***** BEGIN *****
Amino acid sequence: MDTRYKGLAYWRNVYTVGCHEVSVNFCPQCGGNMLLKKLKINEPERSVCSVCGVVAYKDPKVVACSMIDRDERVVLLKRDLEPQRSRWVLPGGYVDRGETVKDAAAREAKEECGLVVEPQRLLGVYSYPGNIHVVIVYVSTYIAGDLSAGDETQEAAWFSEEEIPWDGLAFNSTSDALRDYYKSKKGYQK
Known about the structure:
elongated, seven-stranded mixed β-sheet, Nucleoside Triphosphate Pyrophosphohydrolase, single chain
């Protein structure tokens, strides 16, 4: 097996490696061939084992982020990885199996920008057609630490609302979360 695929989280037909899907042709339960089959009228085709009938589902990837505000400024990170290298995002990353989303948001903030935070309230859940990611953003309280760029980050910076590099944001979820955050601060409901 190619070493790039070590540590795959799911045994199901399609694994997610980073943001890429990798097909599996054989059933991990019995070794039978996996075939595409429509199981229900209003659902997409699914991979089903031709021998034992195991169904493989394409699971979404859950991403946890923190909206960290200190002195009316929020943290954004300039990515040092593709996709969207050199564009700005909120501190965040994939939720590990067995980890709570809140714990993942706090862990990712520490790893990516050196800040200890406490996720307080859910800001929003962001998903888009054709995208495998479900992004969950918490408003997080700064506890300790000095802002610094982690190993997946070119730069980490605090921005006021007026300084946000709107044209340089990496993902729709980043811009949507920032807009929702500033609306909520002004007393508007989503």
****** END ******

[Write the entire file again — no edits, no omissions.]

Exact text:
Amino acid sequence: MDTRYKGLAYWRNVYTVGCHEVSVNFCPQCGGNMLLKKLKINEPERSVCSVCGVVAYKDPKVVACSMIDRDERVVLLKRDLEPQRSRWVLPGGYVDRGETVKDAAAREAKEECGLVVEPQRLLGVYSYPGNIHVVIVYVSTYIAGDLSAGDETQEAAWFSEEEIPWDGLAFNSTSDALRDYYKSKKGYQK
Known about the structure:
elongated, seven-stranded mixed β-sheet, Nucleoside Triphosphate Pyrophosphohydrolase, single chain
């Protein structure tokens, strides 16, 4: 097996490696061939084992982020990885199996920008057609630490609302979360 695929989280037909899907042709339960089959009228085709009938589902990837505000400024990170290298995002990353989303948001903030935070309230859940990611953003309280760029980050910076590099944001979820955050601060409901 190619070493790039070590540590795959799911045994199901399609694994997610980073943001890429990798097909599996054989059933991990019995070794039978996996075939595409429509199981229900209003659902997409699914991979089903031709021998034992195991169904493989394409699971979404859950991403946890923190909206960290200190002195009316929020943290954004300039990515040092593709996709969207050199564009700005909120501190965040994939939720590990067995980890709570809140714990993942706090862990990712520490790893990516050196800040200890406490996720307080859910800001929003962001998903888009054709995208495998479900992004969950918490408003997080700064506890300790000095802002610094982690190993997946070119730069980490605090921005006021007026300084946000709107044209340089990496993902729709980043811009949507920032807009929702500033609306909520002004007393508007989503």